Archive | Climate Change

Proud Cande.

Why They Stay: A Town On the Edge

On a windswept knuckle of land that juts proudly from Mexico’s Pacific coast, a tiny town perches between cliff and sea. With a smattering of artisanal fishers and restauranteurs, Tehuamixtle has tucked into a precarious edge, protected only slightly by the jagged black headlands of Punta Ipala. To get to the town by land requires […]

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Luis.

Wings to Nowhere – Birds, Land Use, and Climate

Luis whips his head around so quickly that a drop of water flies out of his nose. He’s mid-sentence, trudging through the heavy sand and talking about community-based management for his town, when he stops abruptly. His eyes grow wide behind his square-ish glasses, and the skin on his thin face pushes back into an […]

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Oleada heels in a gust as the rain pelts the cockpit.

Into the Wind

Three weeks ago and a few days before the US election, we faced a building storm in one of the most remote areas of Caribbean Panama. Totally alone out on the ocean, our transmission died just as I was hoisting the main sail as we departed from an offshore island. We were leaving an anchorage […]

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Blue-footed Boobies at the edge of the sea.

What Can a National Park Do?

“Mexico has many good laws.” Professor Martín Soto leans back from behind a clump of papers on his desk and sighs. “It’s the enforcement that lacks.” I’m sitting in Martin’s office on the second story of the Marine Science and Limnology Institute in Mazatlán, Mexico. The building hangs on the edge of a cliff above […]

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Mazatlán and the rising tide just outside of the marina. The breakwater becomes impassable with bigger swells.

Getting It Wrong: Fear and Learning in Mazatlán

I love giving presentations. It’s sick, I know. But I used to fear it deeply. I have a friend who is a professional street performer, and I have always admired his ability to withstand the potentially saucy, unforgiving, or worst of all, bored crowd. But as the result of training and good advice during my […]

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Finding Altata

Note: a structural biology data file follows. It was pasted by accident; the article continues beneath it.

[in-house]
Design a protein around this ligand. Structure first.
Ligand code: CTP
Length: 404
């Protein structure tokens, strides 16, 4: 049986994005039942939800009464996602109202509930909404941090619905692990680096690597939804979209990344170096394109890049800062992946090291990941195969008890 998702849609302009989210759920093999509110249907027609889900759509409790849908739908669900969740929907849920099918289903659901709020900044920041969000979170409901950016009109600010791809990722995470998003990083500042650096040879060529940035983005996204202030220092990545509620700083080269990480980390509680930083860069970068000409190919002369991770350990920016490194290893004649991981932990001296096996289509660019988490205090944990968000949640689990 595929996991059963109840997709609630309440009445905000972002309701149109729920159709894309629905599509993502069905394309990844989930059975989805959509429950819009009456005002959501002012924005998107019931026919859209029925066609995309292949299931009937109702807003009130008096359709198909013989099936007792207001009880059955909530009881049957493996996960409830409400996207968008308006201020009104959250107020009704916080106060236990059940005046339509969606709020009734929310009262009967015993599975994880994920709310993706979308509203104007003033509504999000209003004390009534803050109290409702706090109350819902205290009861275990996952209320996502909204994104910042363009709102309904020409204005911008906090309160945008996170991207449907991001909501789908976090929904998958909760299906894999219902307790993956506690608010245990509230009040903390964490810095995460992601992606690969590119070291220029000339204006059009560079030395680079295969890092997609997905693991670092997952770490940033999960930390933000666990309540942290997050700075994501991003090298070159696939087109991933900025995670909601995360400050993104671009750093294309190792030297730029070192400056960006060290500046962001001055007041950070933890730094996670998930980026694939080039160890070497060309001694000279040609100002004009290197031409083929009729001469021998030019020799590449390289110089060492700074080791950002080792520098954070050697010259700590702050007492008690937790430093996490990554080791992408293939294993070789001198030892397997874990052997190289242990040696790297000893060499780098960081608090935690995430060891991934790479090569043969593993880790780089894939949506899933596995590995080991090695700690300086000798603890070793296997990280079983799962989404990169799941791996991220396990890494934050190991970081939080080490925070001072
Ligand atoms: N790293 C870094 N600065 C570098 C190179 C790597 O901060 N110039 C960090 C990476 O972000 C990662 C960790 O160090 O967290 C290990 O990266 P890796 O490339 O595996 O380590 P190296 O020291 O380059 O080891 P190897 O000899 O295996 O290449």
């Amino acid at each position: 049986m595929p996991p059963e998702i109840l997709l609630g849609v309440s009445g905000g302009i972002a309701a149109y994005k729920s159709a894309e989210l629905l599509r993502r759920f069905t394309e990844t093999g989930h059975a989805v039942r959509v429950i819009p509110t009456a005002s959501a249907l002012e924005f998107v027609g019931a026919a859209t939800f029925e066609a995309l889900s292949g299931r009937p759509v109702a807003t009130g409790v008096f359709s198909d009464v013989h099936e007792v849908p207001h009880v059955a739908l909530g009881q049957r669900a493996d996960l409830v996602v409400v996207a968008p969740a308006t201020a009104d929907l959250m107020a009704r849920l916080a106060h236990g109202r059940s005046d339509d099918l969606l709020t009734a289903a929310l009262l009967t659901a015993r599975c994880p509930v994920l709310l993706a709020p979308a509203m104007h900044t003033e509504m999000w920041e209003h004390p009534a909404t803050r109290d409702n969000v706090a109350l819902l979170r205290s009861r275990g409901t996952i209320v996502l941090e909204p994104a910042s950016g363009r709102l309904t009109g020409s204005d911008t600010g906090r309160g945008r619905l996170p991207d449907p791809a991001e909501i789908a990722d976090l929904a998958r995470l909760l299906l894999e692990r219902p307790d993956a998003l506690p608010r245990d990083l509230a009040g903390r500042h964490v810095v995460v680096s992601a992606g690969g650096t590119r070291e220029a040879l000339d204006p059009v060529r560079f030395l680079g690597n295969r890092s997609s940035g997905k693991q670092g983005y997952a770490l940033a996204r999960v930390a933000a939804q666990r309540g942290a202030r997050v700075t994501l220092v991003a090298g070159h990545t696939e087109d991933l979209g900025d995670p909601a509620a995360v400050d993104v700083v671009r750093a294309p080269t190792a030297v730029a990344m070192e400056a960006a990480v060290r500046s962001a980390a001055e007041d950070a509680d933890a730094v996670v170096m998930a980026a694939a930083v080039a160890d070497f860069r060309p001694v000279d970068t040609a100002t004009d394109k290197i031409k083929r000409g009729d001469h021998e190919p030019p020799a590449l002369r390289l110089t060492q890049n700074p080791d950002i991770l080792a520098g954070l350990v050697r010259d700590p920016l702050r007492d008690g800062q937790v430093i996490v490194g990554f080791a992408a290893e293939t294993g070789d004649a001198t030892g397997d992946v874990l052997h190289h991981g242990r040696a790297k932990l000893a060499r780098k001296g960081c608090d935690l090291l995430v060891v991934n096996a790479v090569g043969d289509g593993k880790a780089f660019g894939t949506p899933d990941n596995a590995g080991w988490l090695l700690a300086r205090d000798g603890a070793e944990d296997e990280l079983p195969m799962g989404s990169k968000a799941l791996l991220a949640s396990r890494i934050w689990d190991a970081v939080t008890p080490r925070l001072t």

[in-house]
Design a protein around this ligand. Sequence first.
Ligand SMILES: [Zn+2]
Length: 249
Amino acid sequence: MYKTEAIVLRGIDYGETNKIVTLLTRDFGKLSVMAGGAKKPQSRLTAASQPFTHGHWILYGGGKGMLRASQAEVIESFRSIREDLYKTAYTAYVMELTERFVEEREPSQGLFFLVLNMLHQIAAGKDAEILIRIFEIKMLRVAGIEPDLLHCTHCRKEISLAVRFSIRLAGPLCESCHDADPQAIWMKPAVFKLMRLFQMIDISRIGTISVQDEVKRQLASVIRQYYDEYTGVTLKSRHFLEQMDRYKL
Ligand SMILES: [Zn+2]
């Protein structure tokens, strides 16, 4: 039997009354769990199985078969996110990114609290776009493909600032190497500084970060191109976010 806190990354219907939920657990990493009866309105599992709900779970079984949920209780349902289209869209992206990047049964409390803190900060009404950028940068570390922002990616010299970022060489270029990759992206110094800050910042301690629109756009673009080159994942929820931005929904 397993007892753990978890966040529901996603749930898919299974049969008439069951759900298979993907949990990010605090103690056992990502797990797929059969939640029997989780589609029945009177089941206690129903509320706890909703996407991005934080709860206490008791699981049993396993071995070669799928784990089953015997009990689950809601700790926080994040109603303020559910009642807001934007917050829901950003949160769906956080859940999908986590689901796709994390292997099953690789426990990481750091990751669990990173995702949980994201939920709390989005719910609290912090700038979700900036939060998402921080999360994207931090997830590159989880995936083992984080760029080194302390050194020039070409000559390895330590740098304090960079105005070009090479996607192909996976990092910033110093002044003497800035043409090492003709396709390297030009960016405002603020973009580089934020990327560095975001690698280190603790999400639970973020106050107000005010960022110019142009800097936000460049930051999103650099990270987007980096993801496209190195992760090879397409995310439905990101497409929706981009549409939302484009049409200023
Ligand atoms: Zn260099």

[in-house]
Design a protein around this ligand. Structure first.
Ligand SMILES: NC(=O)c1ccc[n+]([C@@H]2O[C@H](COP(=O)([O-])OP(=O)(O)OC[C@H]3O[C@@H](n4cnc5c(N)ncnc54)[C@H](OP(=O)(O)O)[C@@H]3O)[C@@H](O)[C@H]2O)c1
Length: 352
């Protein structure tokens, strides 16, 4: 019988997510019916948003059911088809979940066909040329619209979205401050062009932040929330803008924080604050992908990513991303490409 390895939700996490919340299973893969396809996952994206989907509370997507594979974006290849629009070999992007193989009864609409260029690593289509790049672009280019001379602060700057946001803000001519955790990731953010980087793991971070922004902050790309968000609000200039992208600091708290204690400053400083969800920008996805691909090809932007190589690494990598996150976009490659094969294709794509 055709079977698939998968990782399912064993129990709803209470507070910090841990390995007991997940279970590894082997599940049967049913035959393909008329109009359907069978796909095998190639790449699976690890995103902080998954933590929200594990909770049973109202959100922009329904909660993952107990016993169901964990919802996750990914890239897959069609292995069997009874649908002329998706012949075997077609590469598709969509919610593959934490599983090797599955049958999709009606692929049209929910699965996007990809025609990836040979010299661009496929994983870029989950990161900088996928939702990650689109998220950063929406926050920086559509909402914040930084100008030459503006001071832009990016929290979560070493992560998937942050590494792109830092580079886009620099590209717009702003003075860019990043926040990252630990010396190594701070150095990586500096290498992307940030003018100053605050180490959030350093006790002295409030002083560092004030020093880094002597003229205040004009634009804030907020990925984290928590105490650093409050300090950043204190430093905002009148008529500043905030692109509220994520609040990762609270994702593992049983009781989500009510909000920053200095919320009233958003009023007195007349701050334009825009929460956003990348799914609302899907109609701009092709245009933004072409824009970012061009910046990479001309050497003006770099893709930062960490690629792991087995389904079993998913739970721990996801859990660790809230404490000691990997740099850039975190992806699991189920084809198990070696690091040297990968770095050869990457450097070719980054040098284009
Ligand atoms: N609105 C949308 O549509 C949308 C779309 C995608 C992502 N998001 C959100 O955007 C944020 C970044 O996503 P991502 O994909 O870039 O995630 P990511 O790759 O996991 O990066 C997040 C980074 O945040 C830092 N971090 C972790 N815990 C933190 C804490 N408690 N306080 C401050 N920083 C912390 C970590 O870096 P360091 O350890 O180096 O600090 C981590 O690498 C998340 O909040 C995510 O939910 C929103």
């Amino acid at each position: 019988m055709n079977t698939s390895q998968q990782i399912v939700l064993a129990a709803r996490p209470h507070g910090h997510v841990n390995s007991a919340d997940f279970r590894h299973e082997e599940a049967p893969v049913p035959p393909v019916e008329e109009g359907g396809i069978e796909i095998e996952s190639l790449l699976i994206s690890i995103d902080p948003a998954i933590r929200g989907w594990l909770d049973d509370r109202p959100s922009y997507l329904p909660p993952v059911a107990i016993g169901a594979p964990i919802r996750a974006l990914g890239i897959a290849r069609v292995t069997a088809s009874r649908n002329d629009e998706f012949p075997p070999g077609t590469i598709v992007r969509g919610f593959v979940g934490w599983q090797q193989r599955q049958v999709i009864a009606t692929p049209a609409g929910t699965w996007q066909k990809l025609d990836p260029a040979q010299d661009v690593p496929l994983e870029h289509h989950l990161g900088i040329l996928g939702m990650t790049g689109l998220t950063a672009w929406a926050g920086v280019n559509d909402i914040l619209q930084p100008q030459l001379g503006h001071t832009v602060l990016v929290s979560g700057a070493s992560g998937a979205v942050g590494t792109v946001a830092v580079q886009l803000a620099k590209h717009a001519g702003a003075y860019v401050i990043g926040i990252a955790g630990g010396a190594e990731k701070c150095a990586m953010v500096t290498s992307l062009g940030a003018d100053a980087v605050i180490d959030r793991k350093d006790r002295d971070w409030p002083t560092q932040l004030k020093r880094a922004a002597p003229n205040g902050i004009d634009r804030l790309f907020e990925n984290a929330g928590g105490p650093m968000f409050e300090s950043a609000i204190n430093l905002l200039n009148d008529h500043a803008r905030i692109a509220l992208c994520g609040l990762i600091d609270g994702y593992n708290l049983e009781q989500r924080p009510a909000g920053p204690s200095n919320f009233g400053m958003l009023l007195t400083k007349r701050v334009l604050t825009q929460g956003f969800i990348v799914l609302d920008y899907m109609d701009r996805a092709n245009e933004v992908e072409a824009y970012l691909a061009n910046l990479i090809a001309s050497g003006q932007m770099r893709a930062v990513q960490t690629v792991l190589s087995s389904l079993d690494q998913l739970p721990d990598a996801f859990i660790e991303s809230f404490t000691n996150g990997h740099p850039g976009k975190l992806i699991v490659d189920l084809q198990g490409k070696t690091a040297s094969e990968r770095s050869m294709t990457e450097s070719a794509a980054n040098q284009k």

“Whatever you do, don’t go to Altata.” These were the last words we heard as we cast off our dock lines in Guaymas. We were about to sail 300 miles with limited charts but plentiful warnings—with the goal of getting to this near-mythical town protected by a bar that might as well be filled with dragons. […]

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Callo and Antonio pull alongside as we motor. I took these two photos with Josh’s phone while navigating the channel at the wheel.

Rising Waters, Fewer Fish: A Local Change

‘Its beauty has been compared with the Greek isles,’ the guidebook waxed—followed by the incongruous statement that Topolobampo is primarily a cargo port. “Sounds good to me,” Jon said with a grin as we sat around the table on Oleada, discussing our trip through 400-plus nautical miles of coastline mostly unexplored by sailors. Beginning from […]

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Lunasea on a stormy day.

The Storm That Caught Us on a Changing Sea

We are the only isolated object for 40 miles, and lightning surrounds us. It’s eleven a.m., and we are sailing over twenty miles from shore. I have been awake since three a.m., and this is not typical thunderstorm weather. Thin and high clouds filter the sunlight with wisps of virga, rain that trails from the […]

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Carbon over Guaymas: the view from the boatyard every morning.

What Paris and Guaymas Have in Common

Guaymas, Mexico, is an industrial and shrimp-fishing port in the desert state of Sonora. Giant cargo ships nose past steep, uninhabited islands in the bay crowded with saguaro cacti. This is one of our first stops on the mainland side of Mexico (the sail over from Baja deserves its own post, coming soon.) Guaymas is […]

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Before the sun comes up, the 'oily' water hints at the sunrise to come with lavenders and periwinkles blending the sea with the sky.

Fighting the Tide

“You can sit on di beach, but you can’t stop di tide.” So said a thoughtful Caribbean man to Josh when he was delivering boats in the islands. This phrase came back to Josh as we pushed further north into the Sea of Cortez and discovered what happens when a sailboat meets the water from […]

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